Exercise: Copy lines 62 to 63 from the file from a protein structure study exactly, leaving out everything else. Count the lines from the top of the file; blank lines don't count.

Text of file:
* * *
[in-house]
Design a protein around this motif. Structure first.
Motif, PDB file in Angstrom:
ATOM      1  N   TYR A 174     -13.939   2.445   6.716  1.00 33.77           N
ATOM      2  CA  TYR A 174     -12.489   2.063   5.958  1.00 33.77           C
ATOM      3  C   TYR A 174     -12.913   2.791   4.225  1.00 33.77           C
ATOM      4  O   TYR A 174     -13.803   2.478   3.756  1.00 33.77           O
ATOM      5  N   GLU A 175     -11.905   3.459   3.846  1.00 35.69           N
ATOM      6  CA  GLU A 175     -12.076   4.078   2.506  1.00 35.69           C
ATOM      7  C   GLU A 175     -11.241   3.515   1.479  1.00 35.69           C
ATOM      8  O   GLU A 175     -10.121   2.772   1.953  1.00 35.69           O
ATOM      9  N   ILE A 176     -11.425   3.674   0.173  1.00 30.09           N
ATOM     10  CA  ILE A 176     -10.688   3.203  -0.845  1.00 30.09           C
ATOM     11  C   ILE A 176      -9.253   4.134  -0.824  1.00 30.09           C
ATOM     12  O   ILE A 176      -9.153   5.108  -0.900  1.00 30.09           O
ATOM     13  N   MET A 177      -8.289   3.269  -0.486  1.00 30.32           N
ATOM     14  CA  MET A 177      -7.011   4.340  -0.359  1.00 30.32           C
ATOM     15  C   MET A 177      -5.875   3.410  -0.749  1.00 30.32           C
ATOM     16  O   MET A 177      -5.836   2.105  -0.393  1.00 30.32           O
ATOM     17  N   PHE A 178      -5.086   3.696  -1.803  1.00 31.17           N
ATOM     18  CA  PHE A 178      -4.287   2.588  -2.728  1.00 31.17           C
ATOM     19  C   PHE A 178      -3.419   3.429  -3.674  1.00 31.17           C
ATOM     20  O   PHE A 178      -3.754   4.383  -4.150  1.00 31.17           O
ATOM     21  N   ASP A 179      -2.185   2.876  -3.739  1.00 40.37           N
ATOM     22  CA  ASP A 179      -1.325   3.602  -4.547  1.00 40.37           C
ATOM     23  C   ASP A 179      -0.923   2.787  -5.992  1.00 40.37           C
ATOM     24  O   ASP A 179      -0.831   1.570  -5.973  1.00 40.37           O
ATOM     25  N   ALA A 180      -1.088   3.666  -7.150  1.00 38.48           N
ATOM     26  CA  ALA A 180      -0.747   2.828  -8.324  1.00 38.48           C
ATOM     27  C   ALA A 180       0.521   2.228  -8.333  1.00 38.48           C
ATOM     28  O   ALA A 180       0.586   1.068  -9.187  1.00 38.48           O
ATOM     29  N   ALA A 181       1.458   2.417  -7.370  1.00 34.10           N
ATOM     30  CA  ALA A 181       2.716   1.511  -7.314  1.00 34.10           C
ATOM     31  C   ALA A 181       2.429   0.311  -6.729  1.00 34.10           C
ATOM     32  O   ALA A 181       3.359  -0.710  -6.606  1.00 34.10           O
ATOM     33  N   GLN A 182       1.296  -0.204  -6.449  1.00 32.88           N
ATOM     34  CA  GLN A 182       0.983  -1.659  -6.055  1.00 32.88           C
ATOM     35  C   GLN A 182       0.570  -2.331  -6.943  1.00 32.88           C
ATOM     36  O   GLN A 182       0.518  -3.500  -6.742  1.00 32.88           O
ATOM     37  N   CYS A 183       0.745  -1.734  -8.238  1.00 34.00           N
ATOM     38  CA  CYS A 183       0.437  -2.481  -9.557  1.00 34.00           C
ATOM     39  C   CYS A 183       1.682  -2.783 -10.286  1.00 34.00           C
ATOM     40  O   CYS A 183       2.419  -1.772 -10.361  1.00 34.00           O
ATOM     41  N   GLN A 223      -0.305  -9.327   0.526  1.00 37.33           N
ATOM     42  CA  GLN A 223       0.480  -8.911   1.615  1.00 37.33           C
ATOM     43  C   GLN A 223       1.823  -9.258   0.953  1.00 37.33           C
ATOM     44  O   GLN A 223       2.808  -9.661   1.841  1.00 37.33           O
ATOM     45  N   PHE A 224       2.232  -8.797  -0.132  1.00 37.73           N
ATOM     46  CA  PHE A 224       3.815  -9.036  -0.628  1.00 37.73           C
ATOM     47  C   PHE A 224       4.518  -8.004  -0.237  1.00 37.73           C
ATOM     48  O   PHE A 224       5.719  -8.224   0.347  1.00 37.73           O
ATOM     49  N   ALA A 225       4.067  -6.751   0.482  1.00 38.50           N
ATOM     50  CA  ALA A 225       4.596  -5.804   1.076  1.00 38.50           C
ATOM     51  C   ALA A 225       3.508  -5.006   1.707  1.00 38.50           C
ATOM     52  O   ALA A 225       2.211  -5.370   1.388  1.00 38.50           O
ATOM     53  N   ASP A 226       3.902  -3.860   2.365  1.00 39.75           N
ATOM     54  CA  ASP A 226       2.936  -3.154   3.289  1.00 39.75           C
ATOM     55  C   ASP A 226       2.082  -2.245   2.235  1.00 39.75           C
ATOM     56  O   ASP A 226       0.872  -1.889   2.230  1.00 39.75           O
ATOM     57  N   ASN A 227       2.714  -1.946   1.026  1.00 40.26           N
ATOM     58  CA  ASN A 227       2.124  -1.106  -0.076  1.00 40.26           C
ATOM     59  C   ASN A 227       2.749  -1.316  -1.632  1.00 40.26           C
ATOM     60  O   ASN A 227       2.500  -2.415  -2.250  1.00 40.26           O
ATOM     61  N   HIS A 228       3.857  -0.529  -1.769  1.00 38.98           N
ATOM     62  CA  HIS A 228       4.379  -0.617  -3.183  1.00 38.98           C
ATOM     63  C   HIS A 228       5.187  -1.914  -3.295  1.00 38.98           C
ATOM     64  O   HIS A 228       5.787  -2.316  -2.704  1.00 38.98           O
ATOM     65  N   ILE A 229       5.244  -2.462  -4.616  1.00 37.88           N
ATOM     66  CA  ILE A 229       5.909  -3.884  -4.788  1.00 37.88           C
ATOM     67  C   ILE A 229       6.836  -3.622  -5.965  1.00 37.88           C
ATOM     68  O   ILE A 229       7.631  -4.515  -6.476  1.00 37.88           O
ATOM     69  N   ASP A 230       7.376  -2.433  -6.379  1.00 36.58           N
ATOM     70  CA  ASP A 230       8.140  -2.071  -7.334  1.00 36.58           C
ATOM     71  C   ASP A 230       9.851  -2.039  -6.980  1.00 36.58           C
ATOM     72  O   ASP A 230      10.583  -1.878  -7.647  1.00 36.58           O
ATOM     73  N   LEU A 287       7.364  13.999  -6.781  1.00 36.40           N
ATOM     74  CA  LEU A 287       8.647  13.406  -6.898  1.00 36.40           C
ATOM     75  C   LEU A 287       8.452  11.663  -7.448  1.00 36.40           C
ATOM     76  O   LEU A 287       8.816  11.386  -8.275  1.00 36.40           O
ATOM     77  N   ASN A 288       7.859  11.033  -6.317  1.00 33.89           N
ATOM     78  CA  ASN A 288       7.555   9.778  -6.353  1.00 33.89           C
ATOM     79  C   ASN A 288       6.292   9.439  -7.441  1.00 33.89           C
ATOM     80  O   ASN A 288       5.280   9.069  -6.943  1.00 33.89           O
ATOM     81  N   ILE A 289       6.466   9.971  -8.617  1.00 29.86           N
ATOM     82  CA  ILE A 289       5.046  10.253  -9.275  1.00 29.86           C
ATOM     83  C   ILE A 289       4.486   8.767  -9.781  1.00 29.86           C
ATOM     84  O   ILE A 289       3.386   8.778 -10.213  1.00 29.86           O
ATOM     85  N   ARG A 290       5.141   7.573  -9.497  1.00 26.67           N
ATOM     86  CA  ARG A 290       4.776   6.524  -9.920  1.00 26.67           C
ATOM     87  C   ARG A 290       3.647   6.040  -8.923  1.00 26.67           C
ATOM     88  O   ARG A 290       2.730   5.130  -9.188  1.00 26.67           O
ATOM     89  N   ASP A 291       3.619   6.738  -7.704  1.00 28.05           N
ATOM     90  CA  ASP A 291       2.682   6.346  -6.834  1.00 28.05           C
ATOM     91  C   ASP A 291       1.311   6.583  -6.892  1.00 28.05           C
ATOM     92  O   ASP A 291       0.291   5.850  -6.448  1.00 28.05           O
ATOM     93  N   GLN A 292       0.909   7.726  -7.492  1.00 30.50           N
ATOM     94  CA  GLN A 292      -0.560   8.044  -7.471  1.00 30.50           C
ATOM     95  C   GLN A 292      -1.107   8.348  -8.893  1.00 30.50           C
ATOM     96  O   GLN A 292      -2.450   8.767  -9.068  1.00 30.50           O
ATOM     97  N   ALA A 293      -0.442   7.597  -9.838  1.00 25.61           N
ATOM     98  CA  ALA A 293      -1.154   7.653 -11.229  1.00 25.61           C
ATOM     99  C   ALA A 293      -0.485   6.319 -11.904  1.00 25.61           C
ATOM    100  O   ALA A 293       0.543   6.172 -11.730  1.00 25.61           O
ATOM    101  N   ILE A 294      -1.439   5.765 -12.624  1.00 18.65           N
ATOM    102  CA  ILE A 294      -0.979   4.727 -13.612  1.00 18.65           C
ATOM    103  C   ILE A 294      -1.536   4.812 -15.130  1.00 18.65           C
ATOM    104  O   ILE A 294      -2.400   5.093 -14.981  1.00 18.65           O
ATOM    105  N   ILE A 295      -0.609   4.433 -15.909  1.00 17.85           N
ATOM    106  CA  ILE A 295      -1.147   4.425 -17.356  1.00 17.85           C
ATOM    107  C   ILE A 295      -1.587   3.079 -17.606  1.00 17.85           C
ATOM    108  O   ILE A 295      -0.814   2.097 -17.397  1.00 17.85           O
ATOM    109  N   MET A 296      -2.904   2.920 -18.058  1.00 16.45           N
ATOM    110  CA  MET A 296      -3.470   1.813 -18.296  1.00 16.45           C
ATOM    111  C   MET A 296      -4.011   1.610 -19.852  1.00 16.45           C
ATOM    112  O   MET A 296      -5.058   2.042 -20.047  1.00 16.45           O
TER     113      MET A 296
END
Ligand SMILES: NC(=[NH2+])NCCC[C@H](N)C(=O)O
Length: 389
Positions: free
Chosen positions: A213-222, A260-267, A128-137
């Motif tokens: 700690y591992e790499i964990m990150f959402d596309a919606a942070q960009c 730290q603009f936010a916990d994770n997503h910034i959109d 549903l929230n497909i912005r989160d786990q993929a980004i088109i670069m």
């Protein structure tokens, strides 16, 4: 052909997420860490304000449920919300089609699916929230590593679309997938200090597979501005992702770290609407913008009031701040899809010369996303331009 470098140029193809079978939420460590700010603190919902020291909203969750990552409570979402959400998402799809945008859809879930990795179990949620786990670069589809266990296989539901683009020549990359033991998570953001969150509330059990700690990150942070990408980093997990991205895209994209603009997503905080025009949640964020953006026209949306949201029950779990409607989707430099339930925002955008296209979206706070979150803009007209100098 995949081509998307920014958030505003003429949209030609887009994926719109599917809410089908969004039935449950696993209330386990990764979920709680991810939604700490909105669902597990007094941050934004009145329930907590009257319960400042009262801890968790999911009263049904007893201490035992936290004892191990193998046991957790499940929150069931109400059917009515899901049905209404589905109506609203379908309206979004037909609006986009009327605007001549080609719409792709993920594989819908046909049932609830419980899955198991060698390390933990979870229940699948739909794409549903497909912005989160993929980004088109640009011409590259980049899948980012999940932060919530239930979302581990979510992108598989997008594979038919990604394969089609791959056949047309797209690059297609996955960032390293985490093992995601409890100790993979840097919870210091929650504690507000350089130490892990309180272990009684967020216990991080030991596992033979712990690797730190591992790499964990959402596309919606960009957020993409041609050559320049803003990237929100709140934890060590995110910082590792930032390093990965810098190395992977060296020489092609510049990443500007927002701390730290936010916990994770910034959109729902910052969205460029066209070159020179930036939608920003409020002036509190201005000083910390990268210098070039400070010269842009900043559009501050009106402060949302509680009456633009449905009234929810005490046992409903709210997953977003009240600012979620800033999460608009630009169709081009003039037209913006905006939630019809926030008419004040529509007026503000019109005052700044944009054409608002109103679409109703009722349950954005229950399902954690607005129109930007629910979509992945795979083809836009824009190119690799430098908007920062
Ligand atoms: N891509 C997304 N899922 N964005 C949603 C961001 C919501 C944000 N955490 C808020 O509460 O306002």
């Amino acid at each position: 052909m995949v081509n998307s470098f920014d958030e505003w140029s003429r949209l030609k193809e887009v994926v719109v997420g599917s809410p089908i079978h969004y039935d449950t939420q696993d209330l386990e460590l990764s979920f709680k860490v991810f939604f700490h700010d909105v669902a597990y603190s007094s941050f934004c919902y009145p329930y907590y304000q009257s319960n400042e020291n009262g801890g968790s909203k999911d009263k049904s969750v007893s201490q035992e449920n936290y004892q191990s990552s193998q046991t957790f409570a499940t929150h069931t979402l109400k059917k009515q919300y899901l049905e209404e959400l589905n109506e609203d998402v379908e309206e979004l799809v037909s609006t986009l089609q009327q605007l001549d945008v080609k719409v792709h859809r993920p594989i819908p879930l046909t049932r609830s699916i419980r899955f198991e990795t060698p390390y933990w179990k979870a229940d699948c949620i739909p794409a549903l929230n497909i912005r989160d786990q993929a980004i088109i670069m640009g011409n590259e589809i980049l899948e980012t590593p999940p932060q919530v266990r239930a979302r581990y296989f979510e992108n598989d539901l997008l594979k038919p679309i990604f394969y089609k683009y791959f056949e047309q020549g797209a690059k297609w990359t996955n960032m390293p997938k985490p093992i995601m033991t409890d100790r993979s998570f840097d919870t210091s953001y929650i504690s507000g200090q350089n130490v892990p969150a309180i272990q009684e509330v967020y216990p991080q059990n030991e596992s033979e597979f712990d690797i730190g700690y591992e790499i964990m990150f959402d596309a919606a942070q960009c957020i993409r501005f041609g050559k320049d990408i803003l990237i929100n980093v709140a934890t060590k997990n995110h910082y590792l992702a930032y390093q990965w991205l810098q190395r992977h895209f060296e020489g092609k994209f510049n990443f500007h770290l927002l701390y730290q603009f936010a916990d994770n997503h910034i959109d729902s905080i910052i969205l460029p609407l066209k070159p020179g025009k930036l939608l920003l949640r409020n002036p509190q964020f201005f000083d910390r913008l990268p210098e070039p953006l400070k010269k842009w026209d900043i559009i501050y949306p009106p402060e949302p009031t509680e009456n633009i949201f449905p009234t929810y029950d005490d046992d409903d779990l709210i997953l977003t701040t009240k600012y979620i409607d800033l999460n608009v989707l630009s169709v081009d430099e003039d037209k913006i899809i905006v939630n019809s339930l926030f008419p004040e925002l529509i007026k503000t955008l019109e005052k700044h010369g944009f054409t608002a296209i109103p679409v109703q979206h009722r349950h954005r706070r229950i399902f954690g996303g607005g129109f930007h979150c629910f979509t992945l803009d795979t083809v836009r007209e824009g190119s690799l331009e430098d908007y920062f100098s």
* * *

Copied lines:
ATOM     59  C   ASN A 227       2.749  -1.316  -1.632  1.00 40.26           C
ATOM     60  O   ASN A 227       2.500  -2.415  -2.250  1.00 40.26           O